Workflow Continuity That’s no Accident

 |   Microsoft New Zealand News Centre

Woman works remotely on Microsoft Teams in a team meeting

New Zealand’s Accident Compensation Corporation (ACC) was established in 1974 and works to help prevent injuries and ensure anyone in New Zealand who is injured in an accident gets the treatment they need. Being a public sector organisation there are high expectations around data security and compliance, so a nationwide lock-down created certain challenges.

In the two weeks leading up to lock-down ACC rolled out a cyber security and remote working system called Z Scaler to give workers remote access.  Microsoft’s Intune, which gives ACC workers the freedom to securely access calls and files from their mobile, was also used to provide additional flexibility day to day.

“In those first couple of weeks of lock-down people were learning how to log in and use Z Scaler, some were on work laptops, some were on their work desktops at home and others were logging in from their own devices, and naturally there were issues,” said Campbell Mackie, Manager, Digital Workspace and Engineering at ACC.

To help alleviate the IT issues, a daily IT Teams drop-in was created, and staff were encouraged to attend if they needed assistance. Led by their M365 adoption team, sessions ran for an hour each day and provided an opportunity for staff to ask questions about Teams and troubleshoot any problems they were having.  The M365 adoption team also had a SharePoint site already in place that gave users a central repository of user guides and FAQs that they could access from anywhere – team members could easily access this via a custom app shortcut in Teams.

A Covid-19 Information SharePoint site was also set up within a few days to help staff prepare for lock-down and to easily communicate organisational updates about Covid throughout lock-down, including working from home instructions, safety information and a managed triage form for human resources questions (which also allowed the HR department to identify common questions to inform additional communications.

Migrating ACC to M365 and Teams gave them a centralised way to communicate. However it was clever management of SharePoint, and the seamless way it integrates into Teams, that really helped with document sharing and compliance during lock-down.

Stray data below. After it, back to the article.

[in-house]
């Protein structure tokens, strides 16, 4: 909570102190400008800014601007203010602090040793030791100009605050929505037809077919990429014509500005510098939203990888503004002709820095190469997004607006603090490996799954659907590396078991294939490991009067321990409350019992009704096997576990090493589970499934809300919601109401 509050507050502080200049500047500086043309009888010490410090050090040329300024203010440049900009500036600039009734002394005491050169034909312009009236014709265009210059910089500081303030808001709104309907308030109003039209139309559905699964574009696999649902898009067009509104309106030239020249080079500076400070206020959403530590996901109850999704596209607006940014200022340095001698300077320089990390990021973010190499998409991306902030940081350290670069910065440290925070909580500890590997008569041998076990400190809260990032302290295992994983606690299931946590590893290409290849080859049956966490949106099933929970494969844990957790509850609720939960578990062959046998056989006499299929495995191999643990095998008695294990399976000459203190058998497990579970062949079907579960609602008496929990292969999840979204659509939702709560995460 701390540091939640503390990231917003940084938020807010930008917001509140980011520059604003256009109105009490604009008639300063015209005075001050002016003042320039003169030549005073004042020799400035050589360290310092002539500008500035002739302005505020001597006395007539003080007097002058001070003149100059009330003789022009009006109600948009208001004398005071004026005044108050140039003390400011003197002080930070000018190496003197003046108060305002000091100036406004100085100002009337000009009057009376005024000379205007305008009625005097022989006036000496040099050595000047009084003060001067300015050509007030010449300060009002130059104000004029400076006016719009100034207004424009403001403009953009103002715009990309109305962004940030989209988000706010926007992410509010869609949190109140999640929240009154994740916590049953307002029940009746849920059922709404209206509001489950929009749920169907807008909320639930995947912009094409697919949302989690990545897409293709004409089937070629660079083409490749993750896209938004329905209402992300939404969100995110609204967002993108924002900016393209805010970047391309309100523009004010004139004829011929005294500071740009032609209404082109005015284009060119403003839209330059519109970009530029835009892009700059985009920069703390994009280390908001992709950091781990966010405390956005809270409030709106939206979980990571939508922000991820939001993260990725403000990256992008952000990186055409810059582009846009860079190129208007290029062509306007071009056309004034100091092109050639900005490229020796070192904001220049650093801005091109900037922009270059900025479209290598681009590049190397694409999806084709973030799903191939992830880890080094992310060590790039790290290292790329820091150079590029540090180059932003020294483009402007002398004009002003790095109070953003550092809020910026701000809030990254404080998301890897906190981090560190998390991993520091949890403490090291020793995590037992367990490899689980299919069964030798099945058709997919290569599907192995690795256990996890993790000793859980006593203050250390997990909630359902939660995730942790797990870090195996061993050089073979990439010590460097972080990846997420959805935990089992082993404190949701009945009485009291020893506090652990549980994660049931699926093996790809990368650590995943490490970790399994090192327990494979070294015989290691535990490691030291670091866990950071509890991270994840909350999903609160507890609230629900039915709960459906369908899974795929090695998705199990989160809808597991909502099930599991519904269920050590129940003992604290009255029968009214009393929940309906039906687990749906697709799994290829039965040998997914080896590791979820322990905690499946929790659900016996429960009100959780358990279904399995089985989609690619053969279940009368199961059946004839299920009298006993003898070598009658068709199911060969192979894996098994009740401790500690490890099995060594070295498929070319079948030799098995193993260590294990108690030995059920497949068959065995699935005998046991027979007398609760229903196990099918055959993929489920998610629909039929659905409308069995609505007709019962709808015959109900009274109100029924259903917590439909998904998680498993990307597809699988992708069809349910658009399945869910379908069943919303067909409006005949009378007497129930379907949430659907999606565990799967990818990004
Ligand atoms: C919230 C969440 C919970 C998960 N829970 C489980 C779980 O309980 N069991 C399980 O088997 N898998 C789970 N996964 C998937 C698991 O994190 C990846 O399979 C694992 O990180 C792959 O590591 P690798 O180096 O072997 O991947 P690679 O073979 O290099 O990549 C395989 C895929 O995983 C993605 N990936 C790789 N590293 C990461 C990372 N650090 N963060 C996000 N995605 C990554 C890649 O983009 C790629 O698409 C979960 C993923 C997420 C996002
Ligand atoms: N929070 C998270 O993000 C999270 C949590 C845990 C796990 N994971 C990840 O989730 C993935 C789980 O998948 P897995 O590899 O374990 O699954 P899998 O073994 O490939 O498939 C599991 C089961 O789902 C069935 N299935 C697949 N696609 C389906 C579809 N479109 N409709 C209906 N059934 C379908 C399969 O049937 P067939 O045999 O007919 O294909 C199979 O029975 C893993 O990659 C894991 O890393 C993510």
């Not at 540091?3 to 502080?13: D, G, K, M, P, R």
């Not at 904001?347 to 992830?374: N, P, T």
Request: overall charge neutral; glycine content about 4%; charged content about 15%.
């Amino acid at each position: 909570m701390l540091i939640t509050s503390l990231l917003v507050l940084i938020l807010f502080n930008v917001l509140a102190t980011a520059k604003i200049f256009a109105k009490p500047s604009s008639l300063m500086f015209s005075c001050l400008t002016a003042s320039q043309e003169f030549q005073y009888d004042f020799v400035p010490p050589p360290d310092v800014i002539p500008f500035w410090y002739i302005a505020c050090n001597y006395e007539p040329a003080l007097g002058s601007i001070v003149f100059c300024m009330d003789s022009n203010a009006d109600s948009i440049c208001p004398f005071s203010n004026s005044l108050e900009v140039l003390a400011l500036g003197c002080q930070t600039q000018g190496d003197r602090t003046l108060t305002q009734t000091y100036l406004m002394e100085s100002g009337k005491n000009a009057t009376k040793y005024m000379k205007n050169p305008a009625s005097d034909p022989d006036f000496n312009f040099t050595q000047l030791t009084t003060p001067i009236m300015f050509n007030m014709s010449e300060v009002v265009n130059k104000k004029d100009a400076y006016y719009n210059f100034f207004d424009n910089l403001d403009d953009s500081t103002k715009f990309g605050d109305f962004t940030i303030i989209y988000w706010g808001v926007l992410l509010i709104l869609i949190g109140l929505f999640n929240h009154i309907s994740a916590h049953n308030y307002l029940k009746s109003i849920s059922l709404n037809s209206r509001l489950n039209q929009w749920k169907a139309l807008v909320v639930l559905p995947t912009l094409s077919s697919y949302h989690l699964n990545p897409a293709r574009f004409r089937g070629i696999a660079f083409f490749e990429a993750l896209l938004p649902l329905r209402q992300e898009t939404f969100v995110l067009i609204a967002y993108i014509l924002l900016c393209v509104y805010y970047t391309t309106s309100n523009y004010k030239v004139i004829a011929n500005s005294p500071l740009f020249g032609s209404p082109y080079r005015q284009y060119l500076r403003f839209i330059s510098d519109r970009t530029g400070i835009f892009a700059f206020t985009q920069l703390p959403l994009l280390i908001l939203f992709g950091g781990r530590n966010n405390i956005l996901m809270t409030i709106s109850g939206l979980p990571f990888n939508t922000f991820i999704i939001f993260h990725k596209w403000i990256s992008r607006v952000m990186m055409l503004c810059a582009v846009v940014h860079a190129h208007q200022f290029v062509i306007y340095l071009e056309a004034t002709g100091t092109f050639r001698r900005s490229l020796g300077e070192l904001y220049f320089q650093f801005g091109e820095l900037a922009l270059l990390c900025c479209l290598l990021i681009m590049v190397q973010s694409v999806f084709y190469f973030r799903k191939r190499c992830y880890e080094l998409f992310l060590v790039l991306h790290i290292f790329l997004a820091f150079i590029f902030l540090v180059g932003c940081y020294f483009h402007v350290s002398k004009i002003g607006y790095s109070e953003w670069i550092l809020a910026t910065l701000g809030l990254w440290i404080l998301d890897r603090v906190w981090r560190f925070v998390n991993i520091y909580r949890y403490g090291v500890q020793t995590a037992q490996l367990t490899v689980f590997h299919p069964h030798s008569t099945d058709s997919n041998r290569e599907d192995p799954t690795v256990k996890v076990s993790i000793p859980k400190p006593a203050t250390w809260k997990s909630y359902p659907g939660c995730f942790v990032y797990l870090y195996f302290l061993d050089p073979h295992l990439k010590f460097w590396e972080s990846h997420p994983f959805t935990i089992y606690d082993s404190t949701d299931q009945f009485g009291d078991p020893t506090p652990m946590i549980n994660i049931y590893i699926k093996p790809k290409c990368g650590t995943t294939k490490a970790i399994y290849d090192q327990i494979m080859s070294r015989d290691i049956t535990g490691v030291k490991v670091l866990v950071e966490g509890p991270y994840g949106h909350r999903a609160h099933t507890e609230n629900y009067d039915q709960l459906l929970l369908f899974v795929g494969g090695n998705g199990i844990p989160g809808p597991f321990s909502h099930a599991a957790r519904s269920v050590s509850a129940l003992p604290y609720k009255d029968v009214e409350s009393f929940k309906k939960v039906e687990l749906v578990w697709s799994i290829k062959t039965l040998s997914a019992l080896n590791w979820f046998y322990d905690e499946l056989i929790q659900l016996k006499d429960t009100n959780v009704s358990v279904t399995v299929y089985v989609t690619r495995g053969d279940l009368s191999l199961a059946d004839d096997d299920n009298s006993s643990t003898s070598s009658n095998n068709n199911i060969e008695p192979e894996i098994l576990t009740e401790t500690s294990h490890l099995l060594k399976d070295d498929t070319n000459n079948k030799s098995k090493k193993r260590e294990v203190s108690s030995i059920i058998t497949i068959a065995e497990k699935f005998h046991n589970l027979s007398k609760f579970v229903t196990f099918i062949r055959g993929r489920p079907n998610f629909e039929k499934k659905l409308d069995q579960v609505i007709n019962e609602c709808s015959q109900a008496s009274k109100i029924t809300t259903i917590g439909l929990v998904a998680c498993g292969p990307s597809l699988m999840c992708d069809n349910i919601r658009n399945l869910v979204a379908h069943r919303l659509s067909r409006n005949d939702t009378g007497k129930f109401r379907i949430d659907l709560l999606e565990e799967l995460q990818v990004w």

“Every time you create a new team the back-end automatically creates a SharePoint site for file storage, a planner, a mailbox and calendar and a whole bunch of other shared resources. While this is a great feature, we had to make sure staff didn’t create too many Teams sites, making it hard to map all information to a specific business unit or function.”

“We created a workplace wizard that meant teams were created in a more structured and compliant way. Any staff member wanting to create a new team had to work through the wizard, which would alert them if a similar one already existed. It ensured new groups being created were linked to hub sites to make information structured and easy to find. We were then able to apply retention and disposal rules and data classification as mandated by the Public Records Management Act. Having this in place gave us the confidence that when we released Teams and allowed people to share files it would be managed and controlled so we wouldn’t create risk,” said Mackie.

To maximise their sense of community, and enable instant interaction with their colleagues, ACC teams who had previously hadn’t understood the value of Teams started using it and realising the benefits.

Client Service Delivery leaders also ran their fortnightly leadership meetings using Teams ‘Live Events’ meetings with over 250 leaders in attendance.  This was functionality that ACC had not used.

“In what can be described as challenging times, we were able to offer a similar experience through the use of ‘live meetings’ rather than video conferences for our people and they really appreciated our efforts in keeping the rhythm and communication. Our CSD Leaders are now advocates of live meetings and see the possibilities of how effective it was to bring our people together even though we were separated through lock-down,” said Mackie.

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